Thursday, 21 April 2011

Tulip fever

I got slightly carried away with the tulips this year. I think my favourites are the parrot variety. I also got carried away with the allium bulbs back in the autumn. I counted 16 plants yesterday.

The sun is shining and I now have 4 days off work. I plan to make hot cross buns with my mum, work on some new drypoint prints and go for a few walks. Bliss.

Tuesday, 19 April 2011

In which the artist realises she may have bitten off more than she can chew.

I have been doodling in my sketchbook. Woods (business as usual). There's something so magical about them and they work so well as subject matter in printmaking. I don't want this to be a regular dry point print. I have plans for a bit of collage and some watercolour washes. This time I am using a proper zinc plate rather than plexi glass so the line should be that bit sharper. The doodle itself took about 5 days on and off, drawing in the evenings. On the zinc plate I managed a 2 inch square in about 3 hours. The tip of my index finger on my right hand is numb. I thought I had some terrible degenerative disease of the nervous system for about a week and then realised it's from where I have been clutching the engraving needle.

The Mill's annual artweeks exhibition is going up in 2 weeks time and I have spent so much time coordinating everyone else that I kind of forgot that I'm an artist too and also exhibiting. I have decided that I am going to carry on doodling and playing and if I have something to show at the end of it then great. If not, never mind.

Sunday, 17 April 2011

A stroll into the recent past to make a silly hat. With feathers.

I meant to blog about this earlier in the week but last Saturday I went to a workshop in Deddington to learn how to make fascinators. Deddington is lovely. I used to live there (with the useless ex). I lived in a small terraced farm cottage complete with beams, open fire, pokey corners and cobwebs. It felt, for a while at least, exactly how life should be. Deddington has a brilliant butchers and deli called Eagles, they sell a sort of cheesecakey affair called Jamaican Lime Crunch, slabs of bread and butter pudding, homemade brownies the size of house bricks and homemade sausage rolls which are, especially if you catch them just after they have come out of the oven, heavenly. Oh, and lobsters. Real live ones, in a tank, just inside the front door. Deddington is quite an upmarket sort of place really. I used to sit outside the pub on a Friday afternoon with my white wine and soda cataloging the smart cars that cruised through the market place. Black convertible Audis. The odd Porsche. Those loud, polluting twin exhausts.We used to call  it tw*t-watch.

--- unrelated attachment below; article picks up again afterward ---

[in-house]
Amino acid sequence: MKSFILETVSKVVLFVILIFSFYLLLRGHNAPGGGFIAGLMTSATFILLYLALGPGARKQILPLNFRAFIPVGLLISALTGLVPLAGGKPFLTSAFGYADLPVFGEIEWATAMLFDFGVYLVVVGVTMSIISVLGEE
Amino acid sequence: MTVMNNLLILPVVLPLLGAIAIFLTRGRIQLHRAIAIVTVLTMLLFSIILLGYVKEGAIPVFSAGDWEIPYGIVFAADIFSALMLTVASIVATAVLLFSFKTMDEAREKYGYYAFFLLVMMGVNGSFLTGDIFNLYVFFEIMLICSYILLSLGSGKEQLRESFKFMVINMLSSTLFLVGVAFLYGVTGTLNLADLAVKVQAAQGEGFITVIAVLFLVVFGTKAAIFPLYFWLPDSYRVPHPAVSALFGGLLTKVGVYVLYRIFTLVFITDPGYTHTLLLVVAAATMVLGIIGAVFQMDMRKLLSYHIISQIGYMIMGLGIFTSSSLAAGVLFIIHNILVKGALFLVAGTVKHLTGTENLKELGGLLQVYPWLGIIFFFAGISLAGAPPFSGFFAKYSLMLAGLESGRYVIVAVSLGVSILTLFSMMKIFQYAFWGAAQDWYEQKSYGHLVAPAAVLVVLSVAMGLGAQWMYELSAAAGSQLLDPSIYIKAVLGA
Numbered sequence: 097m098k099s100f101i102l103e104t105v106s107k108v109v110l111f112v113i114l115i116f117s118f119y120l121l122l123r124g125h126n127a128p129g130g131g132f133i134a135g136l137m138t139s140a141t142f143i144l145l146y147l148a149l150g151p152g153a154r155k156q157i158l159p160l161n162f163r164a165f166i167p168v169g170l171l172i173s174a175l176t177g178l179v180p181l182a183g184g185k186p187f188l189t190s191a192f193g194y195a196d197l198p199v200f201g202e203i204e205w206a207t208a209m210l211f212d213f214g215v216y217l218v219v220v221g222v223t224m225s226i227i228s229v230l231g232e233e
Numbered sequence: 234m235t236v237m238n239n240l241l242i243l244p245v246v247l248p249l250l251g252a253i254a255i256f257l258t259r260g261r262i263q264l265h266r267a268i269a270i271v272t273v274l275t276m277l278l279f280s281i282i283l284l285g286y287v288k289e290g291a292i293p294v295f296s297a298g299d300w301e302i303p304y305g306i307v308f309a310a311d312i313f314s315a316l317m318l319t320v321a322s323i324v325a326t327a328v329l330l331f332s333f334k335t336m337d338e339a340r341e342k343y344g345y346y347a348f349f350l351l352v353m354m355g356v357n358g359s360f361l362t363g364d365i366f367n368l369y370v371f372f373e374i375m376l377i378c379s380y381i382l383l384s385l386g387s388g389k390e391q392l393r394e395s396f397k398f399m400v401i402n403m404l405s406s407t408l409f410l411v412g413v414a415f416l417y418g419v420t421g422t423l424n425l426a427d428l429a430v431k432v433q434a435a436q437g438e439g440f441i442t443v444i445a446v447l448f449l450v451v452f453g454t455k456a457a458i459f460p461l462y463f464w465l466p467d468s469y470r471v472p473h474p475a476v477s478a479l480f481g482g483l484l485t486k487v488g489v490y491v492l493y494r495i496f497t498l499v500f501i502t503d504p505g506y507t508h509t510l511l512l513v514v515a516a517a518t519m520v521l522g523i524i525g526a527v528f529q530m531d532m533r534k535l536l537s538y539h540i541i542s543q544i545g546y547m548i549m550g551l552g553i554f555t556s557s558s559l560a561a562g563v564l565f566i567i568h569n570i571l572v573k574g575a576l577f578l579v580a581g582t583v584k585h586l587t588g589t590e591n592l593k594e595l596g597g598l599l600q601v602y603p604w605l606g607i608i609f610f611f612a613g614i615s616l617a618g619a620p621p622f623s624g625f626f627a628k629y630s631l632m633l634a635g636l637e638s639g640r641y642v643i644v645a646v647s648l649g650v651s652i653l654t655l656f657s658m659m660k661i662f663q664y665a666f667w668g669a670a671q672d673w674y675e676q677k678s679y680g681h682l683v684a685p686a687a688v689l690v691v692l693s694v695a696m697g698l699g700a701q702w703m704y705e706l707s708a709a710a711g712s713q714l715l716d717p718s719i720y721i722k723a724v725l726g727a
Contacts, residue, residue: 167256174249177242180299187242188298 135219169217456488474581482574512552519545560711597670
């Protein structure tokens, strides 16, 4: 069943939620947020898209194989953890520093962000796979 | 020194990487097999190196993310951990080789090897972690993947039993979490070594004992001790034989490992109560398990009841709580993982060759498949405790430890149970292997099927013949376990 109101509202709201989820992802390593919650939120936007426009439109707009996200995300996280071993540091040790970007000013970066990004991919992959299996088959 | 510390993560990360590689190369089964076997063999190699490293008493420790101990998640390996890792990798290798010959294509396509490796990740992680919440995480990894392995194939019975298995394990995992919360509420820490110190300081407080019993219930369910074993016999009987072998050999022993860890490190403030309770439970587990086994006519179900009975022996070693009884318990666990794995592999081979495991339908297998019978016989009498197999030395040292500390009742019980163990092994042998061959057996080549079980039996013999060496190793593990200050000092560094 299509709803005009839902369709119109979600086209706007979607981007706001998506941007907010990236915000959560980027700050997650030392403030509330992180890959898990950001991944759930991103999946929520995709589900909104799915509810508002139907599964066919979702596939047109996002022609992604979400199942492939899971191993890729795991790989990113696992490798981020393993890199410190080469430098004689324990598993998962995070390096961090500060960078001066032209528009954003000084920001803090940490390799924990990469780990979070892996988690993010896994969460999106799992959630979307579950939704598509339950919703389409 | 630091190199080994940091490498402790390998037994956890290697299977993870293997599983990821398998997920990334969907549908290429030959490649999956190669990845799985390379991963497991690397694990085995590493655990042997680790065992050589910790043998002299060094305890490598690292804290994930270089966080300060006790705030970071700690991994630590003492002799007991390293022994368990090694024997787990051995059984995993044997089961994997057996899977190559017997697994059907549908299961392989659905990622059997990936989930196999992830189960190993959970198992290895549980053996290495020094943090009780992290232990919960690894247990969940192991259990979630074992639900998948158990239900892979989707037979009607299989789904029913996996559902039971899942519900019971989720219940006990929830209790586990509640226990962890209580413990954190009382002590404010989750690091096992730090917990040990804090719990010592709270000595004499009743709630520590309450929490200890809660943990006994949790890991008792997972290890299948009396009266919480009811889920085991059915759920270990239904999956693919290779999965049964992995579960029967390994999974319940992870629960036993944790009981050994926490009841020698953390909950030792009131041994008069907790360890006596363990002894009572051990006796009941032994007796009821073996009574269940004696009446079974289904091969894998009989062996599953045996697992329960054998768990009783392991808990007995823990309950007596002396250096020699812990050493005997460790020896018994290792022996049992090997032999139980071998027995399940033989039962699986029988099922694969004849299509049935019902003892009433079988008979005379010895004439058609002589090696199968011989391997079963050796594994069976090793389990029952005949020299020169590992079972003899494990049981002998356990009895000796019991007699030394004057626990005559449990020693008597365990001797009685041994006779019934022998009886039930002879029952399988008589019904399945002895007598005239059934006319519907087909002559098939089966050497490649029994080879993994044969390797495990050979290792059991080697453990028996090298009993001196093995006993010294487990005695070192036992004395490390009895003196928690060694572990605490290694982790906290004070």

Anyway, back to fascinators. Below are various members of my wayward family modelling theirs. Left to right, my cousin Katie, other cousin Gemma, aunty Jean (Beanie) and aunty Sarah (Cowbags). The workshop was taught by the talented and thrifty Mary Jane Baxter, she has book coming out too, which you can see here.

This is my effort. A bit Ms Marple but I like it. The little green rosette was made using a piece of ribbon and doing something to it called Petersham Pleating. FYI- it's really hard.

There are no photos of me wearing it because a) I take a terrible photo and b) it keeps falling off, my hair being too slippy for the clip.

Saturday, 2 April 2011

Tulips and lilies

Since October last year I have managed to break two cameras. This may be why my posting has been slightly sparodic. I did something strange to the Samsung which caused it to take streaky photographs so I borrowed Mum's Cybershot. Last week I stood on it and the screen cracked. What followed was a week of berating myself for being clumsy and not being able to look after anything properly. If I spend money on a much coveted white shirt you can guarantee that within 24 hours I will have spilt something indelible down it.

Not sure about the above paintings. They seem a little wishy washy. I like my work more when it has a little depth and drama. I might have to do something drastic to them tomorrow.

I'm still waiting for my spring surge which everyone else seems to be getting at the moment. The last few months have certainly been fallow. Actually desolate and drought stricken might be a more accurate description. Though it is very nice to be sat here with a glass of wine at 7.30pm with the sky still light and the birds singing.